ویژگیهای روانسنجی مهارت ارزیابی همسالان(پپا):ابزاری برای ارزیابی از مشاوران صداقت مصاحبه انگیزشی همسالان دوره کارشناسی
|کد مقاله||سال انتشار||مقاله انگلیسی||ترجمه فارسی||تعداد کلمات|
|33053||2009||6 صفحه PDF||سفارش دهید||محاسبه نشده|
Publisher : Elsevier - Science Direct (الزویر - ساینس دایرکت)
Journal : Addictive Behaviors, Volume 34, Issue 9, September 2009, Pages 717–722
Despite the expanding use of undergraduate student peer counseling interventions aimed at reducing college student drinking, few programs evaluate peer counselors' competency to conduct these interventions. The present research describes the development and psychometric assessments of the Peer Proficiency Assessment (PEPA), a new tool for examining Motivational Interviewing adherence in undergraduate student peer delivered interventions. Twenty peer delivered sessions were evaluated by master and undergraduate student coders using a cross-validation design to examine peer based alcohol intervention sessions. Assessments revealed high inter-rater reliability between student and master coders and good correlations between previously established fidelity tools. Findings lend support for the use of the PEPA to examine peer counselor competency. The PEPA, training for use, inter-rater reliability information, construct and predictive validity, and tool usefulness are described.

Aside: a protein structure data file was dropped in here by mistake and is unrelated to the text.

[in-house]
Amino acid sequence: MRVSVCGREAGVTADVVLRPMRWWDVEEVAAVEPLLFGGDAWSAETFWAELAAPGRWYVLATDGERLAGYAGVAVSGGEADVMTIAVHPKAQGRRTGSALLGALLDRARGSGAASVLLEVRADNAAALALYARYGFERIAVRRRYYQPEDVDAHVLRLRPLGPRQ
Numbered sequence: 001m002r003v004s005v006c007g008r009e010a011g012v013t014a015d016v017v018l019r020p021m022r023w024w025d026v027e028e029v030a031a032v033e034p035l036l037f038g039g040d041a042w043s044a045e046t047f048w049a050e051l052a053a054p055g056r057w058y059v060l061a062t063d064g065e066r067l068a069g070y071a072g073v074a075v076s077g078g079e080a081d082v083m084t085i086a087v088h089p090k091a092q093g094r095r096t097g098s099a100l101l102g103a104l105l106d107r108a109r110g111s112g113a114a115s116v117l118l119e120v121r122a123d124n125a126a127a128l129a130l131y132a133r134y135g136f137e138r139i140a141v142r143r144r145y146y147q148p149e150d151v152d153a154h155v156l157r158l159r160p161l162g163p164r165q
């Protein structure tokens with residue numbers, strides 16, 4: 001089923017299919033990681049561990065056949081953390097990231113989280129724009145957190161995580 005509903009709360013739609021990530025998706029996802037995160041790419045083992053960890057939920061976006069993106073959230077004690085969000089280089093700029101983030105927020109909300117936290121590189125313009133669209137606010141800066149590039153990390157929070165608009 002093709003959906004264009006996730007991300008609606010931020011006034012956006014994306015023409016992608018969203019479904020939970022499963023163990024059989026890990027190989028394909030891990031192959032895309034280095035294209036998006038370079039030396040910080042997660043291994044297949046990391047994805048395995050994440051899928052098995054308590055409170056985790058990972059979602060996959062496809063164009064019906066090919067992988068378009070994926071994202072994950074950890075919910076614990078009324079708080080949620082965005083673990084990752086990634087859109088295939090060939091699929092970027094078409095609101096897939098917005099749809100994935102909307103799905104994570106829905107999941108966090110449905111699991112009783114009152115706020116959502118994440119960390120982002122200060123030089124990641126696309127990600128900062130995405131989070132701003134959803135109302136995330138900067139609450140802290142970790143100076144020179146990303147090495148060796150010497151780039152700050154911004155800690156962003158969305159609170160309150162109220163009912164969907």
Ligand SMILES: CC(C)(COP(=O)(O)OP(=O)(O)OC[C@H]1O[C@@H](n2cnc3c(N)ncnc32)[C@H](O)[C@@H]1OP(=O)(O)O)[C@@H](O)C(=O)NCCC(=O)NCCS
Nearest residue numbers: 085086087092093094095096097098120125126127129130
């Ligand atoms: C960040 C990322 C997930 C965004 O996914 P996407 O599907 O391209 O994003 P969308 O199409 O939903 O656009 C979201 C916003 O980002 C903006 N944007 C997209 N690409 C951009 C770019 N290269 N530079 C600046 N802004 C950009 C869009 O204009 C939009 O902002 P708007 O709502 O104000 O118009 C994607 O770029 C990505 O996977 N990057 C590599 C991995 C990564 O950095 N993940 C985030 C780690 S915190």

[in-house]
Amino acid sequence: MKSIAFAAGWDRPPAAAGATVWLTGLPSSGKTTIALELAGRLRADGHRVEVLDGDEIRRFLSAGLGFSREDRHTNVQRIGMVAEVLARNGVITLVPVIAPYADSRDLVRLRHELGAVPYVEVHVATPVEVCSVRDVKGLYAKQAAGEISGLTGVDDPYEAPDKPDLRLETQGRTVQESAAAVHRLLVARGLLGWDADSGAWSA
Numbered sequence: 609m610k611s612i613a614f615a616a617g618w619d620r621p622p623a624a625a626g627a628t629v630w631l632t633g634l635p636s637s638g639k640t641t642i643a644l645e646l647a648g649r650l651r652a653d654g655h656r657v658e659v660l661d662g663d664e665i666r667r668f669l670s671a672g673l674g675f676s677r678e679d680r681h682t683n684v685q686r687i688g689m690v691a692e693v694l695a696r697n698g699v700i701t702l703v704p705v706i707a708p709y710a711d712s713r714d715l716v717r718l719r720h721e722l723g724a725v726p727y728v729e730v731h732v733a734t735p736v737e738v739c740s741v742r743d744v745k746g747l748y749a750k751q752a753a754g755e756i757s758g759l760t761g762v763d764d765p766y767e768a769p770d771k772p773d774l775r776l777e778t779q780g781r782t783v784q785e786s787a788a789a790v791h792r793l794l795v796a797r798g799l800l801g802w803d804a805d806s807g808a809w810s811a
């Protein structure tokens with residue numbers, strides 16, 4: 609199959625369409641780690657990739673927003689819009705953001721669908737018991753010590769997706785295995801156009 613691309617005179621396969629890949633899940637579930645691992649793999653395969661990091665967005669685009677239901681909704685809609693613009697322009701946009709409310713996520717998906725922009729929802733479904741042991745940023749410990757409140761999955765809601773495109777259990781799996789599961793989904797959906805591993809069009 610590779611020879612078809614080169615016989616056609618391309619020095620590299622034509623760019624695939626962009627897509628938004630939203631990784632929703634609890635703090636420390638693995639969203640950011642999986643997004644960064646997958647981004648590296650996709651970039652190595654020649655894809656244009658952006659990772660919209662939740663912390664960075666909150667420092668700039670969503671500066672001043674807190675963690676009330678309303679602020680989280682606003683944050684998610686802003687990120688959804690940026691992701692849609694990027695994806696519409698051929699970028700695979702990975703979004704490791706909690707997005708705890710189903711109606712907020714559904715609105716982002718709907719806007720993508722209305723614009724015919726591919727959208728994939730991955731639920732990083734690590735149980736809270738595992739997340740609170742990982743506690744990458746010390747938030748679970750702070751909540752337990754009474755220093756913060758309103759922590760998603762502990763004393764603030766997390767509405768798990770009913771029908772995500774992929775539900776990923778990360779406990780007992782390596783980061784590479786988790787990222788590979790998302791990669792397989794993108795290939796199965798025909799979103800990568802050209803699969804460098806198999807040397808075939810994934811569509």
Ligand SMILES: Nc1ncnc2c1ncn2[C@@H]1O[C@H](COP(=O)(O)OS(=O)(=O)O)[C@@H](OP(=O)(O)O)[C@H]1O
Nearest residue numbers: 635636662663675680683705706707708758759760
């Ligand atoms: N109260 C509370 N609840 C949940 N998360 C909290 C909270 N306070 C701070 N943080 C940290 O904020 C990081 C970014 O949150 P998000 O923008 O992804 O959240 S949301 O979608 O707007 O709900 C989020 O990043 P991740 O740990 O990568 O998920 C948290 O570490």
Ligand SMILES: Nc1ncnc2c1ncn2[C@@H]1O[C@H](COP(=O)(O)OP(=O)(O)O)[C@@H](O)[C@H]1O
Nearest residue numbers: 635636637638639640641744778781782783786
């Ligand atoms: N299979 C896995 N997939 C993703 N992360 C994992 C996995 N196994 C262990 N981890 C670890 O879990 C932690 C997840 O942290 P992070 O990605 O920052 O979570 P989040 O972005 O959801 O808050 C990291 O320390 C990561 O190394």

Alcohol use is routinely cited by researchers as a concern at U.S. colleges causing university administrators to invest time and money toward managing and solving problems associated with drinking (Faden and Baskin, 2002 and Johnson et al., 2005). One prevention approach consists of using alcohol intervention programs (e.g., Brief Alcohol Screening in College Students; BASICS) which incorporate Motivational Interviewing (MI) skills developed by Miller and Rollnick, 1991 and Miller and Rollnick, 2002 to facilitate change and reduce college student drinking behaviors. Initial interventions trained professional counselors in MI to meet individually with undergraduate college students with an aim at reducing alcohol use and associated negative consequences but have since expanded to include interventions using undergraduate student peer counselors (Borsari and Carey, 2000, Borsari and Carey, 2005, Larimer et al., 2001, Marlatt et al., 1998 and Turrisi et al., in press). These empirically supported treatments offer tremendous promise towards reducing college student alcohol use and associated negative consequences (Larimer and Cronce, 2002 and Larimer and Cronce, 2007). However, the cost of using professional staff to conduct these interventions may limit implementing such programs on a wide scale. More recently, there has been a growing body of research examining the efficacy of undergraduate peer-delivered MI feedback sessions for students mandated for alcohol counseling (see Larimer et al., 2001, Larimer and Cronce, 2002 and Larimer and Cronce, 2007). The past empirical studies have evaluated undergraduate student counselors ability to conduct MI interventions with adherence through tools such as the Motivational Interviewing Skills Code (MISC; Miller, 2000), Motivational Interviewing Treatment Integrity (MITI; Moyers, Martin, Manuel, & Miller, 2003), and Motivational Interviewing Supervision and Training Scale (MISTS; Madson, Campbell, Barrett, Brondino, & Melchert, 2005). In contrast, when this intervention approach has been implemented in traditional practice settings across college campuses a lack of consistent peer training and adherence protocols has been observed (Mastroleo, Mallett, Ray, & Turrisi, 2008). Research evaluating undergraduate peer counselor implementation practices have shown that no minimum level of standardized counselor competency has been traditionally employed (Mastroleo et al., 2008). Although use of these counselor evaluation tools in empirical studies allow researchers to confirm an appropriate intervention has been conducted, they may be less suitable for undergraduate peer counselors. First, there are distinguishable clinical skill differences between highly trained professional counselors and undergraduate student counselors, yet the standards for competency are not weighted by the counselor type. Second, although each tool offers important components of evaluation for MI adherence or skill acquisition, they have been validated when the interventions were delivered by counselors with masters or higher educational training (Tappin et al., 2000) and not with undergraduate student counselors. Third, training for use of the MI evaluation tools vary from 5 h to 3 days while session reviews for intervention integrity range from 20 to 50 min. Student affairs professionals generally have limited time, limited training, varied professional backgrounds, and high staff turnover to be responsible for evaluating undergraduate peer-delivered MI fidelity (Mastroleo, Ray, & Turrisi, 2006). Given these empirical and practical constraints a simple to learn and use, and time efficient tool is needed to evaluate the effectiveness of undergraduate peer intervention evaluations. The Peer Proficiency Assessment (PEPA) was developed with these issues in mind and requires only 2 h of training time and 15 min of session review to effectively examine undergraduate peer MI skill use. Specifically, the design and training required to effectively use the tool requires minimal time and past experience with MI and coding peer counseling sessions. To establish this we used both individuals highly trained in MI and undergraduate students with both moderate and limited previous exposure to MI principles to test the ability of newly trained coders to successfully identify MI consistent and inconsistent behaviors. The focus of this paper is to document the development and validation of the PEPA for evaluating peer counselor MI adherence and skills that can be used in both research and practice settings.